Monday, July 18, 2016

Kailas, 2nd edition!

The trek begins! In a few hours I'll be off for a second trip to Mount Kailash, this time mit Gefühl! Whereas the first trip involved a large detour and many hours driving in a minibus, with just the three-day circumambulation on foot, this time we're doing as pilgrims of old did it,
well, part of it. We leave tomorrow for JFK, fly from there to Boston, fly from there to Dubai, fly from there to Kathmandu. The next morning (Thursday) we catch a small plane to a place called Nepalgunj, from which another small plane takes us to Simikot, from which point ...
it's our legs doing the work for four days, following the Karnali river up to the Nepal/China border at Hilsa, where there will again be a driveable road. The scenery should be spectacular, the sense of treading the path of centuries of Hindu seekers and saints sublime... but it's also a lot of walking, at high altitude. I will probably just be concentrating on putting one foot before the other! I'll be able to take in the sights when we return, two weeks later, seasoned ... and going downstream!

During all this time I will be incommunicado. No blog, no e-mail, no phone. (No laptop!) Like once upon a time when travel meant severing one's connections with home. It spooks me a little, but we're in good hands with a professional tour company. And Kailash's an old friend...

Still, I could use your thoughts and good wishes. I should be back on the blog by August 13th, perhaps already a few days before that. Til then...

Saturday, July 16, 2016

A riot of lilies at the Brooklyn Botanic Garden, as the world falls apart...

Thursday, July 14, 2016

Yatra prep

Got the likely itinerary for my trip, and thought I'd do a little Google Maps diagram of it. Not so easy to do, it turns out. Here's a start:Weather permitting we'll fly into Simikot (2910m) the morning of July 21st, and take three days to trek along the historic yatra (pilgrimage) route following the Karnali river to the Nepali-Chinese border at Hilsa (3640m), which is to the left of Muchu where the valley starts to look broad and sandy - above the treeline, I guess, on the Tibetan Plateau.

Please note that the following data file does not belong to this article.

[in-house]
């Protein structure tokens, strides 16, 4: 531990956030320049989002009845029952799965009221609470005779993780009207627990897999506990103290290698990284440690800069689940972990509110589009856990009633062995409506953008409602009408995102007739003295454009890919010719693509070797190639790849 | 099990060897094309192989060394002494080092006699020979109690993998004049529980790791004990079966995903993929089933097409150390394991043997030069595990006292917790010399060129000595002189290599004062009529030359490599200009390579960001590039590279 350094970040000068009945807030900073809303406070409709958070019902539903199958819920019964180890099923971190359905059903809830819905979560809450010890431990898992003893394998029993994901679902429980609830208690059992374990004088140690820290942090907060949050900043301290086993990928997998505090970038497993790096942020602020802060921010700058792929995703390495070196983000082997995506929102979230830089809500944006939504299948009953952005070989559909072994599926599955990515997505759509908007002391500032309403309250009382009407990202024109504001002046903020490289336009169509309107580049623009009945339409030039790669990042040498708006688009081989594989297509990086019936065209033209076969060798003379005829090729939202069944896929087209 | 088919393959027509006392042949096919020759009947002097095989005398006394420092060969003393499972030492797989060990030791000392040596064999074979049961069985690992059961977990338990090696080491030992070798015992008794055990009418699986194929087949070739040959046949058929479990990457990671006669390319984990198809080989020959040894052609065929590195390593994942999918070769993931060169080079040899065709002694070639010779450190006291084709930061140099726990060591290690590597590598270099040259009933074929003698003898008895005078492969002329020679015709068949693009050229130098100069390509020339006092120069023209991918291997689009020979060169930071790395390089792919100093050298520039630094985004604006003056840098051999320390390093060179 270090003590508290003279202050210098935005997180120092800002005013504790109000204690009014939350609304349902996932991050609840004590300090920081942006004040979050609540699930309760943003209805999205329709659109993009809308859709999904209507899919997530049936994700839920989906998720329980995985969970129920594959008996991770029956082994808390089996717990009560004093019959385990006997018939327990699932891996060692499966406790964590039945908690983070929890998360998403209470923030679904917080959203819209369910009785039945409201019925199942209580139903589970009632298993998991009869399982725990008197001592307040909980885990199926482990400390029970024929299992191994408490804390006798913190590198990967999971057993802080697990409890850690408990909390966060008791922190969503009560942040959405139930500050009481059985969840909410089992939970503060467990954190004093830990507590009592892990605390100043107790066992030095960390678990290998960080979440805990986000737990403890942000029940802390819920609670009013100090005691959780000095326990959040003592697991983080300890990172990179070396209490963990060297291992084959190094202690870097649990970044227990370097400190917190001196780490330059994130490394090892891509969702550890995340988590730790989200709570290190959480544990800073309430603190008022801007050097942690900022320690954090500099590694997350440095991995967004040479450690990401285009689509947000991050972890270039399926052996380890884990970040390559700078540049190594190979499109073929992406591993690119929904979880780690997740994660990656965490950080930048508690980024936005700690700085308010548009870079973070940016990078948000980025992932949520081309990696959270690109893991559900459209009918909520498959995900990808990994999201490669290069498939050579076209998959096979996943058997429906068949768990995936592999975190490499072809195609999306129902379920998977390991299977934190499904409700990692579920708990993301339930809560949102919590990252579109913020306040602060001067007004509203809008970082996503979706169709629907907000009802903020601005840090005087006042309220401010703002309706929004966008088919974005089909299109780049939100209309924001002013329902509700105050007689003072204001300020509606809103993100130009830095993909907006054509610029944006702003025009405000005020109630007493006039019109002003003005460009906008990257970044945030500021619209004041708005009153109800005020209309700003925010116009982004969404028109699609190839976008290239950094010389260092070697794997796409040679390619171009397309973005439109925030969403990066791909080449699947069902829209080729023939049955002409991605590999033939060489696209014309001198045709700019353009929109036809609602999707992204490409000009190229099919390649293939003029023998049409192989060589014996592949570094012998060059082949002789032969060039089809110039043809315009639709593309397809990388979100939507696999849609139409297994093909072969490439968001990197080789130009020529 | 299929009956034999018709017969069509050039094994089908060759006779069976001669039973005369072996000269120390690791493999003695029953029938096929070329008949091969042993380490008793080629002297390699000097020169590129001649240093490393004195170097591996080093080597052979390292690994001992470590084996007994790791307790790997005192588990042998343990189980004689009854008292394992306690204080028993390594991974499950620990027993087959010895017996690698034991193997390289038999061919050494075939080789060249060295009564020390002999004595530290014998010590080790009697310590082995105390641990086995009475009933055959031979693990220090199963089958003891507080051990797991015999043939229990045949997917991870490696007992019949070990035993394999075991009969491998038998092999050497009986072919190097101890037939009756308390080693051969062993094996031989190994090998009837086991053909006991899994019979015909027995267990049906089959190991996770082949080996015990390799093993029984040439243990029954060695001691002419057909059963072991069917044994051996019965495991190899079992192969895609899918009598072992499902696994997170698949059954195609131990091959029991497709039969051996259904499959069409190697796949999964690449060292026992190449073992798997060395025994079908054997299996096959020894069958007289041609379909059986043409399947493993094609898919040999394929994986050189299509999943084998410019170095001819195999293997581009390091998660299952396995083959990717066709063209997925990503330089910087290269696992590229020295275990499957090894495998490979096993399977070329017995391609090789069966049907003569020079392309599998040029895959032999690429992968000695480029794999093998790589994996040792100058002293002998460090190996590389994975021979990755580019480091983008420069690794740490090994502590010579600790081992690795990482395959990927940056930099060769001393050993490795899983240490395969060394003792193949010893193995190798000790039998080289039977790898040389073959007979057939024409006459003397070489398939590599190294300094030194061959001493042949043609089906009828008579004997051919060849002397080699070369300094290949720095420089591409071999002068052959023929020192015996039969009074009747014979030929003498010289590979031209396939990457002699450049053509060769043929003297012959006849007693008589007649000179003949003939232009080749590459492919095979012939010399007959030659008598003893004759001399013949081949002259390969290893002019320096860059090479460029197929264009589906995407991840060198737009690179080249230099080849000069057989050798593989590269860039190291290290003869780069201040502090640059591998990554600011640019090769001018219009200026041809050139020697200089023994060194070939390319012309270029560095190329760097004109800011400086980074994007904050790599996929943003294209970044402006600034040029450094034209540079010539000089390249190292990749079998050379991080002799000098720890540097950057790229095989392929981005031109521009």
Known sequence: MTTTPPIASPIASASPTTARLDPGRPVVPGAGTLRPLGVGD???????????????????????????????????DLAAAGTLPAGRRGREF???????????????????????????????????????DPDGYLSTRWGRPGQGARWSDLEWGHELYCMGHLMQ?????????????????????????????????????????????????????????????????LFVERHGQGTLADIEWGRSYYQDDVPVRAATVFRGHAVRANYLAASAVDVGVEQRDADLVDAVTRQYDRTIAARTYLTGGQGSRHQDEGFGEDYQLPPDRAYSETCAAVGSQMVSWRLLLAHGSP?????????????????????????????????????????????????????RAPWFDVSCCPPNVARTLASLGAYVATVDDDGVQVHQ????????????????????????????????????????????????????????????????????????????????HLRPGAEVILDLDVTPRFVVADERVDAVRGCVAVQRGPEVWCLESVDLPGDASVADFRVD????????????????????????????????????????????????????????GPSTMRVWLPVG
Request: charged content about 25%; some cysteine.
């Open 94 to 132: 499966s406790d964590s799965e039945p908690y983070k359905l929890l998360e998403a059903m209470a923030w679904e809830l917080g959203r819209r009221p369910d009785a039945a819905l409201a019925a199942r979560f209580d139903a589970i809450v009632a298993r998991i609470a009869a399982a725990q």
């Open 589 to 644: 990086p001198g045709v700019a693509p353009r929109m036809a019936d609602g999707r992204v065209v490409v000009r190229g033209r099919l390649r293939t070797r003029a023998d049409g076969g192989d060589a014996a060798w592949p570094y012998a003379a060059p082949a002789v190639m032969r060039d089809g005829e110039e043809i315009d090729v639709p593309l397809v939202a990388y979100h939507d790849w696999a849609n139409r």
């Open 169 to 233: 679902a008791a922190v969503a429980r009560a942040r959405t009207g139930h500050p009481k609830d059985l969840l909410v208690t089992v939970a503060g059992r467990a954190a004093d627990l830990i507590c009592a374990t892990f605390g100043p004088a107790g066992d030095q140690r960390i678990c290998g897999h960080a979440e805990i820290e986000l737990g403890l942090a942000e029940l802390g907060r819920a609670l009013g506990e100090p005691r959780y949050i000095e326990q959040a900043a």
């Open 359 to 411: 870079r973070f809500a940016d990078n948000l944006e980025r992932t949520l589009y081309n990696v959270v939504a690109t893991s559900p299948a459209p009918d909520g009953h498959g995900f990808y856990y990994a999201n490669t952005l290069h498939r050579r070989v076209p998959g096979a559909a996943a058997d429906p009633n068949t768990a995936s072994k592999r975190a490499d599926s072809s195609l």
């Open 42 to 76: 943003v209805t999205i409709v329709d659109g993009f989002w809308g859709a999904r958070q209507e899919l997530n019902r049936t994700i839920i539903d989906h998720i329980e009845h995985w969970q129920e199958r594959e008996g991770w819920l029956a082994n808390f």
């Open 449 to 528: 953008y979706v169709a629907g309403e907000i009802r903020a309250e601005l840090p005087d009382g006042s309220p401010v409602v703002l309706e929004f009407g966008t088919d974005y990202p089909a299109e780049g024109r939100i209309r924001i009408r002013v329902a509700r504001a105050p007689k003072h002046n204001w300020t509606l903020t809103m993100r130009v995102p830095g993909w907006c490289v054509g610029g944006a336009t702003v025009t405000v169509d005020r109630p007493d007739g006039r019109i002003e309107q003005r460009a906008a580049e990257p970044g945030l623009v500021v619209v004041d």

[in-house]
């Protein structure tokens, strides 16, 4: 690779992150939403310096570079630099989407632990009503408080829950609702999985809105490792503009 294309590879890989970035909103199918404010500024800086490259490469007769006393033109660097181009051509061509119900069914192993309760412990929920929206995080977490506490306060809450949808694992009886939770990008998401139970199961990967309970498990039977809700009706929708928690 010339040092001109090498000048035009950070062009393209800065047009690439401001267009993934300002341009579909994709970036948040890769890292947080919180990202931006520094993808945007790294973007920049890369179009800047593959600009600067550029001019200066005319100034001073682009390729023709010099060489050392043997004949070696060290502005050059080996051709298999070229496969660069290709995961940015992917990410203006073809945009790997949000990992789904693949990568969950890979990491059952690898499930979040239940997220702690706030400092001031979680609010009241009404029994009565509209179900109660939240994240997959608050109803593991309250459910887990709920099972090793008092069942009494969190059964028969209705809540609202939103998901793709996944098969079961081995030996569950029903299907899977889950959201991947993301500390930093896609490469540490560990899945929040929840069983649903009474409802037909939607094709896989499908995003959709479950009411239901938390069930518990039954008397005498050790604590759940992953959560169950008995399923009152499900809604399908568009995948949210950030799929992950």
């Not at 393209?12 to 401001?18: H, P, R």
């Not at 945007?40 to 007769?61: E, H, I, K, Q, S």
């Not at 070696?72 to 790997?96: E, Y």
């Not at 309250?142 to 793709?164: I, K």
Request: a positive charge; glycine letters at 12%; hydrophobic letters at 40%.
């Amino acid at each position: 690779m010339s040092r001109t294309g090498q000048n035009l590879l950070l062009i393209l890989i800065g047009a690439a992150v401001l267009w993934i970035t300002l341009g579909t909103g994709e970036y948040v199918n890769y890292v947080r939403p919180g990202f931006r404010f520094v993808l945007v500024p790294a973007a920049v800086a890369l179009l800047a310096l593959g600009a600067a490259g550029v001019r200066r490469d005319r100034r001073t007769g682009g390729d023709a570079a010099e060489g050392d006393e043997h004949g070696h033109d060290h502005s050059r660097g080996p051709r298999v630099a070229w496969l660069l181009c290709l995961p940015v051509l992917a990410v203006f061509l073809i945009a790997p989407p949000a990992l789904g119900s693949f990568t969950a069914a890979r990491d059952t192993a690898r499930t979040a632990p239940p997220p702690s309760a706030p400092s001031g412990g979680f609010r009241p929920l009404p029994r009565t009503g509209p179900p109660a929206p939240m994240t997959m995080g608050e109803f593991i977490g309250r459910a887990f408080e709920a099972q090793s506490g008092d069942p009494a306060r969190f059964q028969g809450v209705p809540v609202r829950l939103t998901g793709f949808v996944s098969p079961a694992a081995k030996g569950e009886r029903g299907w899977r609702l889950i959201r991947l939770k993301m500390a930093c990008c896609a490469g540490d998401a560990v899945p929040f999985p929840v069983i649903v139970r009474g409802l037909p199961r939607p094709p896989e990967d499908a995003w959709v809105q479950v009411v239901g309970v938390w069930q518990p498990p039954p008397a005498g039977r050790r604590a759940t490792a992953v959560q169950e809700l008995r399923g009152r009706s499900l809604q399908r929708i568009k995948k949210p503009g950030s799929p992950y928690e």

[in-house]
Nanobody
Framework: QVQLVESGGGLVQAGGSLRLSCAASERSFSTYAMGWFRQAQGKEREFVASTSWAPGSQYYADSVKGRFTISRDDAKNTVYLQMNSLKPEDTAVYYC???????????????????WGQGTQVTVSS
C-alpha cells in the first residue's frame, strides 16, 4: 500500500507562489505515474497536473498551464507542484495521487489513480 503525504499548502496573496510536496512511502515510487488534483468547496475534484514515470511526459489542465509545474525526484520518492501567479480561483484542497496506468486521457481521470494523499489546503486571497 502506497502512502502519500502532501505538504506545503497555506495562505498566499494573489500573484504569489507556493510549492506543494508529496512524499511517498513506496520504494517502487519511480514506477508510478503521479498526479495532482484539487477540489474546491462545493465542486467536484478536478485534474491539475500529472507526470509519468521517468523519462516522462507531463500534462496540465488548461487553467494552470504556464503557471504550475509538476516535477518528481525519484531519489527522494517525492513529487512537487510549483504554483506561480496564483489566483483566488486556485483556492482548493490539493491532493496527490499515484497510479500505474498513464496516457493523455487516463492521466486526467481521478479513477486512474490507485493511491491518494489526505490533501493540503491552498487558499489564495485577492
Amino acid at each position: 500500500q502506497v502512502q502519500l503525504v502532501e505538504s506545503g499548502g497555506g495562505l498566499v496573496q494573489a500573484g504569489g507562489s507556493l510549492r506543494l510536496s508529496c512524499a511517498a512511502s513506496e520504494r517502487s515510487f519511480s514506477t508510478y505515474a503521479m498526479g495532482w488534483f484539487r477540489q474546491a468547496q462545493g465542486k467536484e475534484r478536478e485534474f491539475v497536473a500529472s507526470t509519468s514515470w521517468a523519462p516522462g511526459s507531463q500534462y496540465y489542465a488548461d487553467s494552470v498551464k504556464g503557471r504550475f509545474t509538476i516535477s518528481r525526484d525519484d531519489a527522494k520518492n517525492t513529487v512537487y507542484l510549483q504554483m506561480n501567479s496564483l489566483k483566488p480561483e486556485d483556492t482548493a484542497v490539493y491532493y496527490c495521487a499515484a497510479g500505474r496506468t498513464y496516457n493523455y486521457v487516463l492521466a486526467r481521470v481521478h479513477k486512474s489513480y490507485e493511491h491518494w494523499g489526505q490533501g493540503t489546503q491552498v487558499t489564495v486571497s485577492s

There we'll rendezvous with a more intrepid group, which embarked on a tough trek through the Limi Valley a few days ago, and drive through Burang/Taklakot (4755m), where the yellow road starts, and between the lakes to Darchen (4575m), where the Kailas yatra commences!

Tuesday, July 12, 2016

There goes the neighborhood

My unexpected staycatation is allowing me to explore Prospect Heights. A new coffee shop with an un- pronounceable name has opened up a few blocks away. Though I recently scored a "Shakes- peariean!" 30135 on an internet quiz claiming to estimate the size of your vocabulary, I can't see more than... betwixted? Too clever by half. Besides, my haunt is the Joyce.

Monday, July 11, 2016

En français!

My presentation at the Michel de Certeau shindig in March has been translated into French by the redoubtable convener. It sounds most impressive if you recite it through your nose. Here's a soupçon: